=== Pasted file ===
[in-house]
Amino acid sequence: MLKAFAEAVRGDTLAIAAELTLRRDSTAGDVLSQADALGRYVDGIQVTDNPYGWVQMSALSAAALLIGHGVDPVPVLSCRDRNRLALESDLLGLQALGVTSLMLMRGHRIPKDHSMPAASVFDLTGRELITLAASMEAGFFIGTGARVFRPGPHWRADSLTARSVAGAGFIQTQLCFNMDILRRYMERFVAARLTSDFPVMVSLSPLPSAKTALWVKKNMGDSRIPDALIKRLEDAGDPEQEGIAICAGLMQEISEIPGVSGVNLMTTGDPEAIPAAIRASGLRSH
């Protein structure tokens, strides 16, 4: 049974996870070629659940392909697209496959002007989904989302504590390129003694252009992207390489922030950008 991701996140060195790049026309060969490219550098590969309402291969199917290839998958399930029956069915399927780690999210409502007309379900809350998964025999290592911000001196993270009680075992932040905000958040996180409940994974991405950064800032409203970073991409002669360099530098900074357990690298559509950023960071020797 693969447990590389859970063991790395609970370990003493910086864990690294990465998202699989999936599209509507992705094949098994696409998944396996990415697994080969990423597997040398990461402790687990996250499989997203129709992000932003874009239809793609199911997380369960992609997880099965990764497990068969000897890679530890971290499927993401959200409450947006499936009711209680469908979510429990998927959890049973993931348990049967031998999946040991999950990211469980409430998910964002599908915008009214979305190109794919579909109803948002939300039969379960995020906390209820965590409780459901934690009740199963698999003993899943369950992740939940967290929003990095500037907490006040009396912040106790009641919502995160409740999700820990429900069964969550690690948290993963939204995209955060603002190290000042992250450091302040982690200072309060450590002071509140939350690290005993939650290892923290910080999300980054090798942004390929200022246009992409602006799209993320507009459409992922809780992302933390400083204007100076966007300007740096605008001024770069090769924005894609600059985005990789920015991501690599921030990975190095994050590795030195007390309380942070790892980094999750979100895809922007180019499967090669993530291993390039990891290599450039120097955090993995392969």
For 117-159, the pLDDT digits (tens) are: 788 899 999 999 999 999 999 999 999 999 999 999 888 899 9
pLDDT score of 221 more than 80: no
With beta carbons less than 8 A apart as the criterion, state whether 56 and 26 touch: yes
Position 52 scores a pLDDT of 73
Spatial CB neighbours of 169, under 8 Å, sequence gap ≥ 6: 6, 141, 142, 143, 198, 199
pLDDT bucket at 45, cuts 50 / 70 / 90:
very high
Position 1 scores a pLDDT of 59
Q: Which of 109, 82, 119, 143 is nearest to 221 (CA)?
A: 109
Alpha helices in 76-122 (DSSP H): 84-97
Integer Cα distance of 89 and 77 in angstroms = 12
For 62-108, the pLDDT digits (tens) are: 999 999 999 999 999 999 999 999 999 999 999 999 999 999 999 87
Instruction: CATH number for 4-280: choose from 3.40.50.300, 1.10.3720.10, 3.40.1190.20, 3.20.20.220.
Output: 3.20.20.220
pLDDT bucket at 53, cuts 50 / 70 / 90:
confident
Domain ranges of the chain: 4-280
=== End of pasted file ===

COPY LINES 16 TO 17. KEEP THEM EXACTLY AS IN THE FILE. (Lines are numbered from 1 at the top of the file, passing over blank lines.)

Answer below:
For 62-108, the pLDDT digits (tens) are: 999 999 999 999 999 999 999 999 999 999 999 999 999 999 999 87
Instruction: CATH number for 4-280: choose from 3.40.50.300, 1.10.3720.10, 3.40.1190.20, 3.20.20.220.